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Gloves come off as state election looms

Luke Foley has hit the ground running, but needs to win the seat of Auburn first to confirm his leadership.

Luke Foley has hit the ground running, but needs to win the seat of Auburn first to confirm his leadership.

Alex Mitchell, through Crikey*

Ahead of the NSW state election, premier Mike Baird and his staff strut around, exuding smugness, enjoying their high polling figures, while opposition leader Luke Foley launches a Labor scare campaign.

The phoney war between premier Mike Baird’s coalition government and the Labor opposition ends this weekend.

From next week, the gloves come off and the two sides have 28 days to arouse the interest of a very cynical electorate.

Politicians, politics and election promises are distinctly on the nose in NSW, thanks to the federal performance of the permanently deceitful Abbott government and the succession of NSW scandals exposed at the Independent Commission Against Corruption.

City and rural voters have been driven into a state of anger and cynicism by political hype, spin doctoring, phoney polls and a failure to deliver on campaign pledges.

Both election contestants are lightweights.

Mike Baird, 46, has been leader of the Coalition since last April when Barry O’Farrell resigned over the bottle of Grange scandal, while Luke Foley, 45, took over Labor’s leadership in January.

Neither has led an election campaign, which is a visceral test of political leadership capable of making or breaking a politician.

Just ask Queensland’s Campbell Newman or Victoria’s Denis Napthine — two Liberal premiers dumped after just one term.

Foley is doubly disadvantaged. He doesn’t yet have a seat in the Legislative Assembly. He must win the western Sydney seat of Auburn to officially take the title of opposition leader.

The broad shape of the contest is already clear. Baird wants to sell 50 per cent of the poles and wires of the electricity industry, raising $20 billion to finance long-needed infrastructure projects such as motorways, tunnels, light rail links, hospitals and schools.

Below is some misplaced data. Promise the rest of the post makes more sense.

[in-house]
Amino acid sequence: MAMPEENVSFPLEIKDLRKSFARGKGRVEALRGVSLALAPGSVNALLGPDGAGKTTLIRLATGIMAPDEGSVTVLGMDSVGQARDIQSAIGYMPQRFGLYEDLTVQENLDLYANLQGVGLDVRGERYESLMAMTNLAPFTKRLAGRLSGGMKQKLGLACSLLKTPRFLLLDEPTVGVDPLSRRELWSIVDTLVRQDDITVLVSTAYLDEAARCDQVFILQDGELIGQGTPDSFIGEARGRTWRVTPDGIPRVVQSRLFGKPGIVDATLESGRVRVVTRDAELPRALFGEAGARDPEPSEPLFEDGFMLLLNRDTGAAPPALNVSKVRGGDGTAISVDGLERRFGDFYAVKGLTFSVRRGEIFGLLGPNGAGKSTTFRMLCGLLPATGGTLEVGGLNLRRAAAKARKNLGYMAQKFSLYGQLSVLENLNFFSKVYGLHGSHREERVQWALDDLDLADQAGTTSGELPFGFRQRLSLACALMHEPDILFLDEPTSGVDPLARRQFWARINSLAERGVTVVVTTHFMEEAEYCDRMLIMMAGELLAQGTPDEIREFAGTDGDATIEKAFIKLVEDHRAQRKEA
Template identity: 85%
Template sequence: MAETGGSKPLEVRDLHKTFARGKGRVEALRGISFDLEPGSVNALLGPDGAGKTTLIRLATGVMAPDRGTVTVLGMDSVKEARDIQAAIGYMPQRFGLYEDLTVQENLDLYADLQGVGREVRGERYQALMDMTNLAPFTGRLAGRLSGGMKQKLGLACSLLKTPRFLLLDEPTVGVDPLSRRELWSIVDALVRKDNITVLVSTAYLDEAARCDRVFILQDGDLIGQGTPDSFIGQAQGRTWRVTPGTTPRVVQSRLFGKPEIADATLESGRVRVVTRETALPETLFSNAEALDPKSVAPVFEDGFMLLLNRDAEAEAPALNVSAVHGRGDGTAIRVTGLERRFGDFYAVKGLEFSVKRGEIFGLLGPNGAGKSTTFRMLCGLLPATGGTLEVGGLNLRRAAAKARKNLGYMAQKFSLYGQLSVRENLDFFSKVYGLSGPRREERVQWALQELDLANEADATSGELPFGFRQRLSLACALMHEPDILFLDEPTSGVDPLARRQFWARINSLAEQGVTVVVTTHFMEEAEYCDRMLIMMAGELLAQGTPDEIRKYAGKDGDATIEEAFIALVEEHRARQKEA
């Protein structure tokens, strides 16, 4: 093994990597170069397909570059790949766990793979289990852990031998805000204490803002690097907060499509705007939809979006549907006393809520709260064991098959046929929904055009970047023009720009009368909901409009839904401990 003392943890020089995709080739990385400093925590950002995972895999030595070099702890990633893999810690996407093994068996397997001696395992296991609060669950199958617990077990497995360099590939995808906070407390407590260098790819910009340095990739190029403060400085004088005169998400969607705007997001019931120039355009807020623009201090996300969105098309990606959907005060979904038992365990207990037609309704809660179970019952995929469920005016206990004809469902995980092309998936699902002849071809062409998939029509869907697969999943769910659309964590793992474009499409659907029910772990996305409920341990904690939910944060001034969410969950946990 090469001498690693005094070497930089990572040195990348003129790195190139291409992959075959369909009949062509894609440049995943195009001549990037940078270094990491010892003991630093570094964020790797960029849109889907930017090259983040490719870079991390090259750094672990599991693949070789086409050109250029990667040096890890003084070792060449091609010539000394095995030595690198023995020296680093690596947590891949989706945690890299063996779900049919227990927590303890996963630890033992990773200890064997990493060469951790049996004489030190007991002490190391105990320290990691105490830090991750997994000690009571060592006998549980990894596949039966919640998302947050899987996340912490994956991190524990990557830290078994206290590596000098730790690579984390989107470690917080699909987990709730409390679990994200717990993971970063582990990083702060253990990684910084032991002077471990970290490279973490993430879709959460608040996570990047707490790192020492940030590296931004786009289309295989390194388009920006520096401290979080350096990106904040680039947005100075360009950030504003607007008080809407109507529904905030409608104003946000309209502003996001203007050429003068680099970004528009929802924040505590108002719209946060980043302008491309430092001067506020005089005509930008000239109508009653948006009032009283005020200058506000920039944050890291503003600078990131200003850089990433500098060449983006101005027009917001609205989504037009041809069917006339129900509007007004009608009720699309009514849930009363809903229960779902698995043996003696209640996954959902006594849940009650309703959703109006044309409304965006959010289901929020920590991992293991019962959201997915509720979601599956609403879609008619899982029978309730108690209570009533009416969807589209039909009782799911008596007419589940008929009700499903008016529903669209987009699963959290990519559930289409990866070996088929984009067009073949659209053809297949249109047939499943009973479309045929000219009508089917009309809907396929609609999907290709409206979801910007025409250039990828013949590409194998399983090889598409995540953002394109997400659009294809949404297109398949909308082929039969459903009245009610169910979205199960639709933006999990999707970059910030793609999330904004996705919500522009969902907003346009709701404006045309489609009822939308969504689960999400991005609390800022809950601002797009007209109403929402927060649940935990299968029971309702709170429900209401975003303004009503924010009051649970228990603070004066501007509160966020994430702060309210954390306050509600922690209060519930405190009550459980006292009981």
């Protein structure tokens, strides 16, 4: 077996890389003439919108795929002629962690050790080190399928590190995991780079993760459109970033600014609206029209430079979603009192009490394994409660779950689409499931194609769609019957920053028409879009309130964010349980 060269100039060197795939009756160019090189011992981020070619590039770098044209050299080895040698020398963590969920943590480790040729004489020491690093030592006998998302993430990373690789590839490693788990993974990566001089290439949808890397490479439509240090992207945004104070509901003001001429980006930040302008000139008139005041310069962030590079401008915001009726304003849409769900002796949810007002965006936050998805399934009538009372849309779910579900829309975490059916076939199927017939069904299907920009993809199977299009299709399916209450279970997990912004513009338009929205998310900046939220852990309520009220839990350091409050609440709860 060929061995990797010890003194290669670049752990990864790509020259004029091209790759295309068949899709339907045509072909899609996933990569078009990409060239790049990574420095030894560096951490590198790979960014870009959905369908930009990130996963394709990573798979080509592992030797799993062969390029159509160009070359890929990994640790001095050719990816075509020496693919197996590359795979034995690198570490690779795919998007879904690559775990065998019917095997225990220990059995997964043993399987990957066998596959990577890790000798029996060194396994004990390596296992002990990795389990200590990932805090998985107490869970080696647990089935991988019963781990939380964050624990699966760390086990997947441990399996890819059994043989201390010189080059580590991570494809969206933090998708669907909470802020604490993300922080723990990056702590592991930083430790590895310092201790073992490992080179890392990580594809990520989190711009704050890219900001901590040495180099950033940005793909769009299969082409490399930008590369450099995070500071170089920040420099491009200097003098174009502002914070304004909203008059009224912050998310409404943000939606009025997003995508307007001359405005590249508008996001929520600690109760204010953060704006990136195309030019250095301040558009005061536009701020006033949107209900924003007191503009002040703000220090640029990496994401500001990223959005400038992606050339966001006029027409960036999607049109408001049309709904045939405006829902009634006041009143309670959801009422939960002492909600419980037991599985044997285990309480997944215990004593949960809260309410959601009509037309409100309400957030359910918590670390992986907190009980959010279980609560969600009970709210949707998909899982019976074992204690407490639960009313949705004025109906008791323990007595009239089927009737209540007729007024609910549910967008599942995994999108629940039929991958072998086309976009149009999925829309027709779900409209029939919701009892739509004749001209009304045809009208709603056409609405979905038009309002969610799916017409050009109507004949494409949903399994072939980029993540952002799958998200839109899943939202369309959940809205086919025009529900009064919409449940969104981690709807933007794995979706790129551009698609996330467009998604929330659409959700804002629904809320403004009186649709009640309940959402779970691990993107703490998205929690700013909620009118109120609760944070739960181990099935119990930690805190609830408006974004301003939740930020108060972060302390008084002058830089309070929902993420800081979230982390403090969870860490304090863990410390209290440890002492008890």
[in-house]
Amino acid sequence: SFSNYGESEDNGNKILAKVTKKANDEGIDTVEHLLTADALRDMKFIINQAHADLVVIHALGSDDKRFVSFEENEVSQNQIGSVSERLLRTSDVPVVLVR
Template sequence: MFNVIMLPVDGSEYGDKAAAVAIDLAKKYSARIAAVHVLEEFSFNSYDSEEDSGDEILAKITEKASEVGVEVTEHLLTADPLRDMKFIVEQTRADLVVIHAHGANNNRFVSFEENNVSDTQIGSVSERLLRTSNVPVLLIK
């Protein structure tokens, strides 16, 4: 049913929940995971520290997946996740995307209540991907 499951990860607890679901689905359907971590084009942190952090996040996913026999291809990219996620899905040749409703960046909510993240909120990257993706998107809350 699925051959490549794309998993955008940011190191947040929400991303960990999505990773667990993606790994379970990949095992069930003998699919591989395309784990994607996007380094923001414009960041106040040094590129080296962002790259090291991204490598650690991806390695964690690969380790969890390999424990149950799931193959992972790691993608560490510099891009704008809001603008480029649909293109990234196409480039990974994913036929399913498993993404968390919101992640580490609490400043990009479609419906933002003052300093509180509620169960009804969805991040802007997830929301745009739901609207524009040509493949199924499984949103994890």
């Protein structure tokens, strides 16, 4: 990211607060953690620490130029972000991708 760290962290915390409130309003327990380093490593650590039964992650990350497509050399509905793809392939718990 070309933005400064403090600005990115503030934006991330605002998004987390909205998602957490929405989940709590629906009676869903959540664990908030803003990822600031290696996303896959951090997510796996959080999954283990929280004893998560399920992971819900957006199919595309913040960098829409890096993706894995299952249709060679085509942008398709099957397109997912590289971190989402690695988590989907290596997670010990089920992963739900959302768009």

Labor opposes the proposed sell-off, but in the most half-hearted fashion. Having attempted to flog the power industry in 1998 and 2008, Labor is hardly in a position to take the moral high ground against the Coalition’s sale, and its opposition sounds hollow.

NSW premier Mike Baird is dominating the polls but complacency may bring the coalition undone.Photo AAP

NSW premier Mike Baird is dominating the polls but complacency may bring the coalition undone.Photo AAP

Baird strategists are focusing on the state’s re-energised economy, jobs growth and business optimism to gain re-election on March 28.

Their trump card is an advertising campaign to remind voters of the 16 years of the scandal-ridden Labor government and some of its high-profile scoundrels such as Eddie Obeid and Ian Macdonald.

Labor, which will conduct its official launch at Campbelltown on Sunday, March 1, has chosen to run a scare campaign.

Its major themes will be that Baird is in league with Tony Abbott, who achieved bogeyman status after the outcome of the recent Queensland election.

Labor will also warn that a re-elected Baird government will privatise TAFE, and that the hospital and school systems also face privatisation.

In short, voters will have to decide between Mike Baird’s promise of a master plan for infrastructure or Luke Foley’s scaremongering.

Labor’s options are restricted. It can’t run on its record in government, nor its lacklustre record in opposition under John ‘Robbo’ Robertson, when policy development was non-existent.

The coalition is streets ahead in the polls and Baird is outpolling Foley by a colossal margin.

But therein lies a danger for the coalition. Incumbency and good polling encourages complacency. Baird’s senior staff strut around exuding smugness. They guffaw at the leader’s jokes and, in their eyes, he can do no wrong.

Super confident that their candidate will win, they are letting Foley and Labor get away with blue murder.

True to their class colours, the Libs are going to lunch at the members’ lounge of their favourite CBD club, while Foley and his disreputable accomplices at party head office in Sussex Street are going to war.

* Alex Mitchell is a veteran state political correpondent


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